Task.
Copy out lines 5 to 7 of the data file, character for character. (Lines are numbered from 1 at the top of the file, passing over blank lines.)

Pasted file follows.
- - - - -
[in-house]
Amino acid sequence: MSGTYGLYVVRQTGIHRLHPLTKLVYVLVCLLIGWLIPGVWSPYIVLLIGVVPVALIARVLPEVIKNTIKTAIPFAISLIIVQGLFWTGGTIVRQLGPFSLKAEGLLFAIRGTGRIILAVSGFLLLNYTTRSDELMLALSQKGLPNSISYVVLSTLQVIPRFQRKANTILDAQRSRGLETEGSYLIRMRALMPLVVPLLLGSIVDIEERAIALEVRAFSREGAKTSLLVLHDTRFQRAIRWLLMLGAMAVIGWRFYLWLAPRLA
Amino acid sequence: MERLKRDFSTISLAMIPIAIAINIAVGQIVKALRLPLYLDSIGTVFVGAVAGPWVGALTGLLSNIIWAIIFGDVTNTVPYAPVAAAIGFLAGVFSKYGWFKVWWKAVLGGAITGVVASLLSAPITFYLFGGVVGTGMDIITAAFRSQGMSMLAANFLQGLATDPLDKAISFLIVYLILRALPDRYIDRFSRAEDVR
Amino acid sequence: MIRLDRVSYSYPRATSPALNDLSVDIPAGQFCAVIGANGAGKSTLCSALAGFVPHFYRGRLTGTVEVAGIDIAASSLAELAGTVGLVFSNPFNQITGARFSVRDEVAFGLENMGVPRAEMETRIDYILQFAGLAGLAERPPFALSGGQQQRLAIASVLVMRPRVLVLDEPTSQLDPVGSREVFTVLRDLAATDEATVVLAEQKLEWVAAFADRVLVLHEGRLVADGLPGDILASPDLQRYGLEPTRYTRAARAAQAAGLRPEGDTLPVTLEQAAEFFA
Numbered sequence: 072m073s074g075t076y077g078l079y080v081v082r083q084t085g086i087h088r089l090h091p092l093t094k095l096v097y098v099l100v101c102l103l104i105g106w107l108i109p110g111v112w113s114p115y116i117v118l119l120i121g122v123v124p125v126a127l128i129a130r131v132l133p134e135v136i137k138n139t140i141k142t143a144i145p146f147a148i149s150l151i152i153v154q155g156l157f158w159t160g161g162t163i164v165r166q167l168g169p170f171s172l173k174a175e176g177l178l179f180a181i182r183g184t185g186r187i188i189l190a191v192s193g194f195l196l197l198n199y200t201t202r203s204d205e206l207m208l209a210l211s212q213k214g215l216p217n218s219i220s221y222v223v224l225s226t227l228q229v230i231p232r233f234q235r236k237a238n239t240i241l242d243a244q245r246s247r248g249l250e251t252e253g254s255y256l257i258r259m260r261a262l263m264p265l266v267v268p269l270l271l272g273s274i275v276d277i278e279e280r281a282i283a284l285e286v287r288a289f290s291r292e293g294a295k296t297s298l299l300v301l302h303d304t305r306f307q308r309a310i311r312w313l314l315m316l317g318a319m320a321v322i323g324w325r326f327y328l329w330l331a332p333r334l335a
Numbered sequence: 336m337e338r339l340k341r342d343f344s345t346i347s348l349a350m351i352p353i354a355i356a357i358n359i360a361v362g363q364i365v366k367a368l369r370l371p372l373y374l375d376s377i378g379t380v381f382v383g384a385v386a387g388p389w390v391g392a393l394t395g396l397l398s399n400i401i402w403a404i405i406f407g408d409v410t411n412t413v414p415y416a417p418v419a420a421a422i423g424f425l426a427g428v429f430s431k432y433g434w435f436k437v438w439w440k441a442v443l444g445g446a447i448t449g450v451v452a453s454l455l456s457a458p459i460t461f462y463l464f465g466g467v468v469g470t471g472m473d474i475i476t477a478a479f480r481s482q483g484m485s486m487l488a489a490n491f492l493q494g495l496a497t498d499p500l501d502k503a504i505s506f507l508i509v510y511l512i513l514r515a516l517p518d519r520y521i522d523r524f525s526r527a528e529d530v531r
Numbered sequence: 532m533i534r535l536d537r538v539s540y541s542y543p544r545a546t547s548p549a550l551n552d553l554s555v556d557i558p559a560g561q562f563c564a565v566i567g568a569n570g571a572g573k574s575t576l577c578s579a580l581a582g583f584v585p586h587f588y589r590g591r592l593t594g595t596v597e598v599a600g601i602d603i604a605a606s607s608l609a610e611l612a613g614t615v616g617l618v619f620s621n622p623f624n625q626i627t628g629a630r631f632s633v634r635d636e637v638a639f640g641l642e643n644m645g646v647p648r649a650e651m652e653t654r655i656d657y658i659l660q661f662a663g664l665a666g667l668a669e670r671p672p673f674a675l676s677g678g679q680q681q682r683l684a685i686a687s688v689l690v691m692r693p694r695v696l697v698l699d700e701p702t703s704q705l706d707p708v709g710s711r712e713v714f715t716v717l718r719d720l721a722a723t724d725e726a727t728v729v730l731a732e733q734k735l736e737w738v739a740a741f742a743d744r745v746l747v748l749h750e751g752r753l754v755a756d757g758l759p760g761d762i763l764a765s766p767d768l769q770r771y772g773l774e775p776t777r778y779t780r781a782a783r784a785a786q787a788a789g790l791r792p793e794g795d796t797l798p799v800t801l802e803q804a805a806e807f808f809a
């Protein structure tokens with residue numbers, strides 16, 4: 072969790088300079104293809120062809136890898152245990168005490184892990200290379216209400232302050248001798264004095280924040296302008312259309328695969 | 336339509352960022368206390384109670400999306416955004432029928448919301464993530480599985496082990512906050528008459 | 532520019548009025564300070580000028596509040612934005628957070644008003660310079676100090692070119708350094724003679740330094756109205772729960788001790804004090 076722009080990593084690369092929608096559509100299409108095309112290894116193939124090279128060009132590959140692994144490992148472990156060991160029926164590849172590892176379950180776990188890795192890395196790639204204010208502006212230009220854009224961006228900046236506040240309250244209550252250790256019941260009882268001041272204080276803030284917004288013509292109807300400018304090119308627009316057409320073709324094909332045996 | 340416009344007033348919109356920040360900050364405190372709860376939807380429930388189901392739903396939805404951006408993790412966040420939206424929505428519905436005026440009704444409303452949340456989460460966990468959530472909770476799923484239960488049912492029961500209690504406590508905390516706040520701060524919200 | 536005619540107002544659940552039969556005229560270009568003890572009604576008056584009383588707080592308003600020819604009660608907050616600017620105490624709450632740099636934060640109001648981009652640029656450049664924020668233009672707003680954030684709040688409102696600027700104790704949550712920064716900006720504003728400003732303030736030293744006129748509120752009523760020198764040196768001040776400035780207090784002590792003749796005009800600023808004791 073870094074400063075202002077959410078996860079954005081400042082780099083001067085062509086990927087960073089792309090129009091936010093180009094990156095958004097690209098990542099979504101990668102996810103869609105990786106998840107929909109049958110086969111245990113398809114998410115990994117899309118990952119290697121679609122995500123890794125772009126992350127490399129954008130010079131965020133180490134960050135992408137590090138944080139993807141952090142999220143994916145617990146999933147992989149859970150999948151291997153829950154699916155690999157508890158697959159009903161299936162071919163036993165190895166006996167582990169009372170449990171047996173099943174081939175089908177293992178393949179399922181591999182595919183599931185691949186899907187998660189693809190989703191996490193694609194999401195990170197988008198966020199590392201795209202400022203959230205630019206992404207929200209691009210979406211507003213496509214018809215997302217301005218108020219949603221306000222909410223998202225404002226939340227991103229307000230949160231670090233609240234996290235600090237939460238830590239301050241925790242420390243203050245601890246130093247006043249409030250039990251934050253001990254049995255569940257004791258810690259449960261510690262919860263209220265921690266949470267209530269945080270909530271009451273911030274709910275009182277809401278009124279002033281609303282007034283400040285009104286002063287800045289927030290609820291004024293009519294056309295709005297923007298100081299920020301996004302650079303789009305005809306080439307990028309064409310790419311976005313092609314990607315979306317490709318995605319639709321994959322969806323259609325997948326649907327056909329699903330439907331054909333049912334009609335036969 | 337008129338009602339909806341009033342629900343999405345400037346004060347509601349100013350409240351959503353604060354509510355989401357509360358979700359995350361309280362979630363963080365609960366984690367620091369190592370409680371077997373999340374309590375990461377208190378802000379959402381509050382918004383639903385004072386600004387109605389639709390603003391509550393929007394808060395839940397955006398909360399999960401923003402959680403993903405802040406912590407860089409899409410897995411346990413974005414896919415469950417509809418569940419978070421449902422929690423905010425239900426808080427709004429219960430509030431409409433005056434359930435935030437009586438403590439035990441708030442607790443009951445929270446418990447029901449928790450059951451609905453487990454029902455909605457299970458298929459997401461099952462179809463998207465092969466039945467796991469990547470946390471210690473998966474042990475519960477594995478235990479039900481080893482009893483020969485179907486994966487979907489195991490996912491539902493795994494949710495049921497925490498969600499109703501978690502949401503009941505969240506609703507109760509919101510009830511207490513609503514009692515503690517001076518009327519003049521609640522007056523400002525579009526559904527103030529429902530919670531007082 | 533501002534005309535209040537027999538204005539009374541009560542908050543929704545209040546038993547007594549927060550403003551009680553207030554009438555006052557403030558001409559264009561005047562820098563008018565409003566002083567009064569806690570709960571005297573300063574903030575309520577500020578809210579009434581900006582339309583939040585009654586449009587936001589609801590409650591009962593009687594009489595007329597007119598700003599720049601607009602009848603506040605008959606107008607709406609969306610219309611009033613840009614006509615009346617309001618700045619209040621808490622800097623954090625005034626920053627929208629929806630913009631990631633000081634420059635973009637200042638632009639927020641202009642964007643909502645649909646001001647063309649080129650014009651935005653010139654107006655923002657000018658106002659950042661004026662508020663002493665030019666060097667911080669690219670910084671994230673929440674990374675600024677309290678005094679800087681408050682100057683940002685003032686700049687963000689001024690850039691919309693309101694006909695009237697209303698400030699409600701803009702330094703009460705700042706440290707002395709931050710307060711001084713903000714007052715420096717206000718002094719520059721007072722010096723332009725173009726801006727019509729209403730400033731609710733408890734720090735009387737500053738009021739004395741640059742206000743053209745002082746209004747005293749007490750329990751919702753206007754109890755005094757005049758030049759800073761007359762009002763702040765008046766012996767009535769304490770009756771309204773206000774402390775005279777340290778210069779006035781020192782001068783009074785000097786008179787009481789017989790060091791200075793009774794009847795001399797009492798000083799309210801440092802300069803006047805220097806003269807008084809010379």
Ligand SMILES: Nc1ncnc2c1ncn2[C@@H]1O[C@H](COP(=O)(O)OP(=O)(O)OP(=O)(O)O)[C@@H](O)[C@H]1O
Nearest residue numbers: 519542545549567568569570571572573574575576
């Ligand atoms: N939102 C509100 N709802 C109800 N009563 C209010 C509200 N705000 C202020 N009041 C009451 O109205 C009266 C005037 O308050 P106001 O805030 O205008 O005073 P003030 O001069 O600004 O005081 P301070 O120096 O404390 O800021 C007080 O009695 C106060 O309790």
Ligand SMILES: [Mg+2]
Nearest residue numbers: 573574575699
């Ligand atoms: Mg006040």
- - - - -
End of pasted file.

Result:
Numbered sequence: 072m073s074g075t076y077g078l079y080v081v082r083q084t085g086i087h088r089l090h091p092l093t094k095l096v097y098v099l100v101c102l103l104i105g106w107l108i109p110g111v112w113s114p115y116i117v118l119l120i121g122v123v124p125v126a127l128i129a130r131v132l133p134e135v136i137k138n139t140i141k142t143a144i145p146f147a148i149s150l151i152i153v154q155g156l157f158w159t160g161g162t163i164v165r166q167l168g169p170f171s172l173k174a175e176g177l178l179f180a181i182r183g184t185g186r187i188i189l190a191v192s193g194f195l196l197l198n199y200t201t202r203s204d205e206l207m208l209a210l211s212q213k214g215l216p217n218s219i220s221y222v223v224l225s226t227l228q229v230i231p232r233f234q235r236k237a238n239t240i241l242d243a244q245r246s247r248g249l250e251t252e253g254s255y256l257i258r259m260r261a262l263m264p265l266v267v268p269l270l271l272g273s274i275v276d277i278e279e280r281a282i283a284l285e286v287r288a289f290s291r292e293g294a295k296t297s298l299l300v301l302h303d304t305r306f307q308r309a310i311r312w313l314l315m316l317g318a319m320a321v322i323g324w325r326f327y328l329w330l331a332p333r334l335a
Numbered sequence: 336m337e338r339l340k341r342d343f344s345t346i347s348l349a350m351i352p353i354a355i356a357i358n359i360a361v362g363q364i365v366k367a368l369r370l371p372l373y374l375d376s377i378g379t380v381f382v383g384a385v386a387g388p389w390v391g392a393l394t395g396l397l398s399n400i401i402w403a404i405i406f407g408d409v410t411n412t413v414p415y416a417p418v419a420a421a422i423g424f425l426a427g428v429f430s431k432y433g434w435f436k437v438w439w440k441a442v443l444g445g446a447i448t449g450v451v452a453s454l455l456s457a458p459i460t461f462y463l464f465g466g467v468v469g470t471g472m473d474i475i476t477a478a479f480r481s482q483g484m485s486m487l488a489a490n491f492l493q494g495l496a497t498d499p500l501d502k503a504i505s506f507l508i509v510y511l512i513l514r515a516l517p518d519r520y521i522d523r524f525s526r527a528e529d530v531r
Numbered sequence: 532m533i534r535l536d537r538v539s540y541s542y543p544r545a546t547s548p549a550l551n552d553l554s555v556d557i558p559a560g561q562f563c564a565v566i567g568a569n570g571a572g573k574s575t576l577c578s579a580l581a582g583f584v585p586h587f588y589r590g591r592l593t594g595t596v597e598v599a600g601i602d603i604a605a606s607s608l609a610e611l612a613g614t615v616g617l618v619f620s621n622p623f624n625q626i627t628g629a630r631f632s633v634r635d636e637v638a639f640g641l642e643n644m645g646v647p648r649a650e651m652e653t654r655i656d657y658i659l660q661f662a663g664l665a666g667l668a669e670r671p672p673f674a675l676s677g678g679q680q681q682r683l684a685i686a687s688v689l690v691m692r693p694r695v696l697v698l699d700e701p702t703s704q705l706d707p708v709g710s711r712e713v714f715t716v717l718r719d720l721a722a723t724d725e726a727t728v729v730l731a732e733q734k735l736e737w738v739a740a741f742a743d744r745v746l747v748l749h750e751g752r753l754v755a756d757g758l759p760g761d762i763l764a765s766p767d768l769q770r771y772g773l774e775p776t777r778y779t780r781a782a783r784a785a786q787a788a789g790l791r792p793e794g795d796t797l798p799v800t801l802e803q804a805a806e807f808f809a